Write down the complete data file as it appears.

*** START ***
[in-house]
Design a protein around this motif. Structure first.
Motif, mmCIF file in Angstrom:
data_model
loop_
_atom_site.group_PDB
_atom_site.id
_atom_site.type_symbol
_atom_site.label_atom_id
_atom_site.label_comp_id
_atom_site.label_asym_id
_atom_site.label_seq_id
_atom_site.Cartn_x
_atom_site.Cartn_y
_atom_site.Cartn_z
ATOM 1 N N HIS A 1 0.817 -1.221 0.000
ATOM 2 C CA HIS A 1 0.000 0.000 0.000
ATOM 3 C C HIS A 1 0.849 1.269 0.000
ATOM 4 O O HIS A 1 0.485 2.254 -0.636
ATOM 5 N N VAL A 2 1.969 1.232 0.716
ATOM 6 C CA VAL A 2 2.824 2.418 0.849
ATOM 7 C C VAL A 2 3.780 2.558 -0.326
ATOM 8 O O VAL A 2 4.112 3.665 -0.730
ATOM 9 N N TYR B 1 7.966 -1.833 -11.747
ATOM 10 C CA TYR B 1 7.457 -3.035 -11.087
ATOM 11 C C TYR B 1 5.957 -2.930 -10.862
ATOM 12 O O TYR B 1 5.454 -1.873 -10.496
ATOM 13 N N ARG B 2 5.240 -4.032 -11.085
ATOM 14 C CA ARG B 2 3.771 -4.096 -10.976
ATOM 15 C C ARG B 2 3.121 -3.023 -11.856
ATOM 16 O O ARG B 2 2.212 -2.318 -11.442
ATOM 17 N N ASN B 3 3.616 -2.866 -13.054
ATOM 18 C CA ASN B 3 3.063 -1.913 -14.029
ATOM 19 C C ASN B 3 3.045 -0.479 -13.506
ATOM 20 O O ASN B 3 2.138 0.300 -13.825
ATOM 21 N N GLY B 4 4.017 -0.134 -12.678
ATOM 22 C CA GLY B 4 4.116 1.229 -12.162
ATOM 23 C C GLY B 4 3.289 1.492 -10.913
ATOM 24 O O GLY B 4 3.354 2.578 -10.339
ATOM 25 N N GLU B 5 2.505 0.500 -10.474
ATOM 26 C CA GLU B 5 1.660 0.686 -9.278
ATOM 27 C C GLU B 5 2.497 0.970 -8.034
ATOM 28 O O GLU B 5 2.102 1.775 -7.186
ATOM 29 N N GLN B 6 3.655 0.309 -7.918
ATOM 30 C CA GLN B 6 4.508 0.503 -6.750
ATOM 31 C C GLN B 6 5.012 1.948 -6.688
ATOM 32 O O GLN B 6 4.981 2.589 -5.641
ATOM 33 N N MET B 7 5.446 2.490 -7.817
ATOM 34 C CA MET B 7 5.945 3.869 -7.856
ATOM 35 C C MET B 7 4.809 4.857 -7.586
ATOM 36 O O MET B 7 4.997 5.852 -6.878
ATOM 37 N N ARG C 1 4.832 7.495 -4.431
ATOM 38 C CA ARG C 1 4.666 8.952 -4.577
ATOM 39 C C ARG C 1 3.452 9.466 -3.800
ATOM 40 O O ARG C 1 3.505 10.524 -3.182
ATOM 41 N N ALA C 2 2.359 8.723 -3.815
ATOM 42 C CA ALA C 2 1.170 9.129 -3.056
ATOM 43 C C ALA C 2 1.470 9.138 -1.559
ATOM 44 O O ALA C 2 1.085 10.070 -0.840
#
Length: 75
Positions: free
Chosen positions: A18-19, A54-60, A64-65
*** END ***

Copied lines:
[in-house]
Design a protein around this motif. Structure first.
Motif, mmCIF file in Angstrom:
data_model
loop_
_atom_site.group_PDB
_atom_site.id
_atom_site.type_symbol
_atom_site.label_atom_id
_atom_site.label_comp_id
_atom_site.label_asym_id
_atom_site.label_seq_id
_atom_site.Cartn_x
_atom_site.Cartn_y
_atom_site.Cartn_z
ATOM 1 N N HIS A 1 0.817 -1.221 0.000
ATOM 2 C CA HIS A 1 0.000 0.000 0.000
ATOM 3 C C HIS A 1 0.849 1.269 0.000
ATOM 4 O O HIS A 1 0.485 2.254 -0.636
ATOM 5 N N VAL A 2 1.969 1.232 0.716
ATOM 6 C CA VAL A 2 2.824 2.418 0.849
ATOM 7 C C VAL A 2 3.780 2.558 -0.326
ATOM 8 O O VAL A 2 4.112 3.665 -0.730
ATOM 9 N N TYR B 1 7.966 -1.833 -11.747
ATOM 10 C CA TYR B 1 7.457 -3.035 -11.087
ATOM 11 C C TYR B 1 5.957 -2.930 -10.862
ATOM 12 O O TYR B 1 5.454 -1.873 -10.496
ATOM 13 N N ARG B 2 5.240 -4.032 -11.085
ATOM 14 C CA ARG B 2 3.771 -4.096 -10.976
ATOM 15 C C ARG B 2 3.121 -3.023 -11.856
ATOM 16 O O ARG B 2 2.212 -2.318 -11.442
ATOM 17 N N ASN B 3 3.616 -2.866 -13.054
ATOM 18 C CA ASN B 3 3.063 -1.913 -14.029
ATOM 19 C C ASN B 3 3.045 -0.479 -13.506
ATOM 20 O O ASN B 3 2.138 0.300 -13.825
ATOM 21 N N GLY B 4 4.017 -0.134 -12.678
ATOM 22 C CA GLY B 4 4.116 1.229 -12.162
ATOM 23 C C GLY B 4 3.289 1.492 -10.913
ATOM 24 O O GLY B 4 3.354 2.578 -10.339
ATOM 25 N N GLU B 5 2.505 0.500 -10.474
ATOM 26 C CA GLU B 5 1.660 0.686 -9.278
ATOM 27 C C GLU B 5 2.497 0.970 -8.034
ATOM 28 O O GLU B 5 2.102 1.775 -7.186
ATOM 29 N N GLN B 6 3.655 0.309 -7.918
ATOM 30 C CA GLN B 6 4.508 0.503 -6.750
ATOM 31 C C GLN B 6 5.012 1.948 -6.688
ATOM 32 O O GLN B 6 4.981 2.589 -5.641
ATOM 33 N N MET B 7 5.446 2.490 -7.817
ATOM 34 C CA MET B 7 5.945 3.869 -7.856
ATOM 35 C C MET B 7 4.809 4.857 -7.586
ATOM 36 O O MET B 7 4.997 5.852 -6.878
ATOM 37 N N ARG C 1 4.832 7.495 -4.431
ATOM 38 C CA ARG C 1 4.666 8.952 -4.577
ATOM 39 C C ARG C 1 3.452 9.466 -3.800
ATOM 40 O O ARG C 1 3.505 10.524 -3.182
ATOM 41 N N ALA C 2 2.359 8.723 -3.815
ATOM 42 C CA ALA C 2 1.170 9.129 -3.056
ATOM 43 C C ALA C 2 1.470 9.138 -1.559
ATOM 44 O O ALA C 2 1.085 10.070 -0.840
#
Length: 75
Positions: free
Chosen positions: A18-19, A54-60, A64-65